The work at the OH Kruse Feed Technology Innovation Center at Kansas State University includes studying the transmission and mitigation of diseases like the porcine epidemic diarrhea virus (PEDV), said Cassandra Jones, assistant professor of grain science and industry.
With the confirmation that feed can be a potential vehicle to transmit PEDV, the group has been looking at how long contamination stays in a feed mill and the effect of treatments or pelleting the contaminated feed.
“We wanted to be able to do research to provide industry some answers on what can we do to prevent this,” she told FeedNavigator. “Or, if it does occur, to destroy it, so the viral particles are no longer harmful.”
Pigs get sick when they consume fecal matter containing the virus, said Jones. There are several ways that fecal contamination can occur, including through foot traffic or that livestock trailers used to move infected pigs carry residual, contaminated fecal matter.
Another transmission method is through feed, and though it is unlikely that feed would be contaminated with fecal matter, it remains a possible pathway for transmission, she said. “Fecal matter can contaminate feed through three main methods of entry – ingredients, environment, or people,” she added.
“It’s unlikely that fecal matter would contaminate feed in the first place – it certainly is not the primary route of entry,” she said. “But many facilities had enforced such stringent biosecurity requirements to keep PRRS out of their systems that other sources of potential fecal contamination were minimized – leaving feed as one of the only possible routes of transmission.”
If the contamination occurs, it does not take a large account of fecal matter to cause a problem, she said. One gram of virus-carrying fecal matter has enough of the disease to infect about 500 tons of feed to a level that would make pigs eating the feed sick.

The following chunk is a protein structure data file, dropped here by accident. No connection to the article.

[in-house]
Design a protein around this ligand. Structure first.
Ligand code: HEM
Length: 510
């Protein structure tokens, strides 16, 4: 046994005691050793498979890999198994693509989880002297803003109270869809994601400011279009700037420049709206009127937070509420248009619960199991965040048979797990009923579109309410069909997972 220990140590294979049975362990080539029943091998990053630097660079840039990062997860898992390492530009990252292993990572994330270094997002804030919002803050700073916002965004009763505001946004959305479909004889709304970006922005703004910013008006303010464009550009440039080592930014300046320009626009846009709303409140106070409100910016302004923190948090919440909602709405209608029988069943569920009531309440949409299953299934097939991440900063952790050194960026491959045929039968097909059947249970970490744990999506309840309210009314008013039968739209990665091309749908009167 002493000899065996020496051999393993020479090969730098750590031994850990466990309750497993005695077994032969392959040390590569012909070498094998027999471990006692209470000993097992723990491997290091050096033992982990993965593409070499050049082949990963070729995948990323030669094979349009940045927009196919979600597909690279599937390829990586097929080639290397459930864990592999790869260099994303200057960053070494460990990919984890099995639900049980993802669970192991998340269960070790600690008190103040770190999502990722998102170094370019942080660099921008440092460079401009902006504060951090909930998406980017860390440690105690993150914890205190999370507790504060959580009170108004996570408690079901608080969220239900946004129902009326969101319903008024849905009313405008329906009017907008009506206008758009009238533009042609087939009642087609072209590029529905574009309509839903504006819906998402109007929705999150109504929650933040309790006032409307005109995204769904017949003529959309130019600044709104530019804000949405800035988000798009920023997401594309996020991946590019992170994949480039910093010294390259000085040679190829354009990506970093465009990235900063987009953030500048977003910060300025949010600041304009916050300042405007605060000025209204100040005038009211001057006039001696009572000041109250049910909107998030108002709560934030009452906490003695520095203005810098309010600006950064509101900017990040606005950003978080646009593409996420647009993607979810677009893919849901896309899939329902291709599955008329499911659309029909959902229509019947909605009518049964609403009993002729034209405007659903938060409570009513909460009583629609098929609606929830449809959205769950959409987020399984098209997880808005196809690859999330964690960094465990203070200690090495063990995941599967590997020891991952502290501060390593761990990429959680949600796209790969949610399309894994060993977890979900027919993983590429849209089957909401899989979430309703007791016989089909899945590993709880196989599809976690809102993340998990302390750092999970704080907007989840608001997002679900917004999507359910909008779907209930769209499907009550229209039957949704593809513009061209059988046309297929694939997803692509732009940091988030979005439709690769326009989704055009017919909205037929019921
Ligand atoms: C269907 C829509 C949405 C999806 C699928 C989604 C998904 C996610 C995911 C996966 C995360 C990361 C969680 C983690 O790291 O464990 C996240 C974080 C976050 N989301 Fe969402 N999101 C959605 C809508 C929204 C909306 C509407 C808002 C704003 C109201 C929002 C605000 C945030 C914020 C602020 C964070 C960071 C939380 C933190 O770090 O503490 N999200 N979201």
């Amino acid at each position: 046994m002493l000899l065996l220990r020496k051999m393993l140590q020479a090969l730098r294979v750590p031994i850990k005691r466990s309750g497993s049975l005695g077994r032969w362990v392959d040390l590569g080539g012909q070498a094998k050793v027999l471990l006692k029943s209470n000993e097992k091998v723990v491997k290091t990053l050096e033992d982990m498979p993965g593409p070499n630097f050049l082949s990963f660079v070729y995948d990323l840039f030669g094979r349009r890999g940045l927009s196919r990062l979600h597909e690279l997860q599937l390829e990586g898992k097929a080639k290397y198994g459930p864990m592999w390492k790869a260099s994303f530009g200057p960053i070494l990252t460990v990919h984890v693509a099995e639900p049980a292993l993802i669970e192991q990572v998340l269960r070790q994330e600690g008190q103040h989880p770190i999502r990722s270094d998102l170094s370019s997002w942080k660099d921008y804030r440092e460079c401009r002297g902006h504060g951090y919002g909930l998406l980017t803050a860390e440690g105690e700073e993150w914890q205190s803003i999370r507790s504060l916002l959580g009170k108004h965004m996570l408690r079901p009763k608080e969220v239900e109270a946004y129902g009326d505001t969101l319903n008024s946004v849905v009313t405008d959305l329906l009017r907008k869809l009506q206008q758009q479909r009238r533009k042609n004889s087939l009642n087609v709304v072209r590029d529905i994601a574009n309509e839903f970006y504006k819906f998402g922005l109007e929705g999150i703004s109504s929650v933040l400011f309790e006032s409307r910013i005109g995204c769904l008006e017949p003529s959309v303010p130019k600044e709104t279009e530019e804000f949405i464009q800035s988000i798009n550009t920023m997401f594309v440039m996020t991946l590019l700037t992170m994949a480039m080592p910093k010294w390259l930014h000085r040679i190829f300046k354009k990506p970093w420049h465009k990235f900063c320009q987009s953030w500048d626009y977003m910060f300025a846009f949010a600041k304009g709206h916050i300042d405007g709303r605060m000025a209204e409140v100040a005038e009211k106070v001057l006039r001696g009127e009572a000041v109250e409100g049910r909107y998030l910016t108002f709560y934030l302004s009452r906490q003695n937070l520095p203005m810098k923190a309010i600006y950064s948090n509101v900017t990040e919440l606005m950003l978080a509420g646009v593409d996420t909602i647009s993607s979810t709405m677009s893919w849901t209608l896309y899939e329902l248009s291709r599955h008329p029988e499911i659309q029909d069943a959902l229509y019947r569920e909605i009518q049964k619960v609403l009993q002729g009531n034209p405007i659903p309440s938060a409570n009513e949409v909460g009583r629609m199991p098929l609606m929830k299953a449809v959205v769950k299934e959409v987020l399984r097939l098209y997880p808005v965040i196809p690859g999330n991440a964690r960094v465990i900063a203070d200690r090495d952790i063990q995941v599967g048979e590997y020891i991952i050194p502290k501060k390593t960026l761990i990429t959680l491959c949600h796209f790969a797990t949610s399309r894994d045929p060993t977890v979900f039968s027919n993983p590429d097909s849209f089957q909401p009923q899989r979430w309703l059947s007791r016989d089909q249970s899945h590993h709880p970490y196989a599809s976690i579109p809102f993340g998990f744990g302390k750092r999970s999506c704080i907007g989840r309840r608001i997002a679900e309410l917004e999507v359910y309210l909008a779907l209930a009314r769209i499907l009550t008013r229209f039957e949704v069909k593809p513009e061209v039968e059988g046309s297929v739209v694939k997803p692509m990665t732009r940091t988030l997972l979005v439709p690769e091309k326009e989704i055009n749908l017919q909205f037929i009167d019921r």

The feed mill and research facility is the only one of its kind in the world, said Jones. The feed safety research section of the facility has the ability to manufacture feed and has a biosafety level 2 rating. It shares a wall with the regular feed mill, but can be completely sealed.
The building allows for a next step up in research size from work done in a laboratory, she said.
The work has given university researchers the opportunity to collaborate with experts in other fields and at other universities, she said. “There are not a lot of experts in feed viruses because we’ve never had viruses in feed before,” she added.
The projects done with PEDV have looked at different areas for containment, she said including exclusion and prevention.
“Prevention, that’s where a lot of our research is occurring,” she said. “There are things we can do to prevent the feed or the environment from catching the virus in the first place.”
The work has included examining the use of different chemical mitigates and medium chain fatty acids in feed as ways to reduce the susceptibility or post process contamination, she said. Different treatments can mean that grain is less likely to carry the disease, or may reduce the amount of time it is contaminated.